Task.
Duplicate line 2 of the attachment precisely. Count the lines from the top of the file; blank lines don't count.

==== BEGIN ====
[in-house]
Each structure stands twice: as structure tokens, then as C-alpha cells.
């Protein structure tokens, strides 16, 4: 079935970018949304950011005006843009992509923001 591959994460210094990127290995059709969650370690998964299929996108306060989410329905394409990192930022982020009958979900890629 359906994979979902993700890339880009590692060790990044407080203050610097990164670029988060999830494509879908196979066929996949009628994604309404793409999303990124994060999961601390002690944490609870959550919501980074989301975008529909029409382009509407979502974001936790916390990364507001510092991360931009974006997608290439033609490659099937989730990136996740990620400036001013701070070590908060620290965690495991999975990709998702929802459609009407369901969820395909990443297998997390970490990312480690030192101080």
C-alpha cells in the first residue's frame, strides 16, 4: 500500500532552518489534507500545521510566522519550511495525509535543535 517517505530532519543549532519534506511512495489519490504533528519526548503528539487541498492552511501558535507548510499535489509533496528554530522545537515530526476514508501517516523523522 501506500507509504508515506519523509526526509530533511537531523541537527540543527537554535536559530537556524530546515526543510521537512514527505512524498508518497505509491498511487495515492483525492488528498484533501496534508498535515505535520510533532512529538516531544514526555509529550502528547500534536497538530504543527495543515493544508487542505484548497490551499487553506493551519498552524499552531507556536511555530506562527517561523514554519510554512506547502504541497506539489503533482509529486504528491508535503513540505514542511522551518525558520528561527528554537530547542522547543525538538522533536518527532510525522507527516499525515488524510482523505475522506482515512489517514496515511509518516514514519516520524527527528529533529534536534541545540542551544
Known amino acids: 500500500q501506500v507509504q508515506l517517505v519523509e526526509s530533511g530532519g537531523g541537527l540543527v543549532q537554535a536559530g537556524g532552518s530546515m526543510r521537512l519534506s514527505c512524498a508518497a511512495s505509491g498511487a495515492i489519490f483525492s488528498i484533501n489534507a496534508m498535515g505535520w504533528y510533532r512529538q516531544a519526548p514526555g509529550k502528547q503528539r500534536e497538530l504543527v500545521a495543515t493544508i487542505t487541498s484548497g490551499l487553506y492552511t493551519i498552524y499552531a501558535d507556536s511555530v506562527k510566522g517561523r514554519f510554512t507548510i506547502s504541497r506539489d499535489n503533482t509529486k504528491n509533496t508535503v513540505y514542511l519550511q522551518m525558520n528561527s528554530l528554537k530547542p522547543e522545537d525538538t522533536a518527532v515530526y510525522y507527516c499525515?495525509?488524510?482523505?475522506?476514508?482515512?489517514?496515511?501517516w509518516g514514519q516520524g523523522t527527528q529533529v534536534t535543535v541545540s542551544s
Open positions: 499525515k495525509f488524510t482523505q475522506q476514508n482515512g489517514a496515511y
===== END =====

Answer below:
Each structure stands twice: as structure tokens, then as C-alpha cells.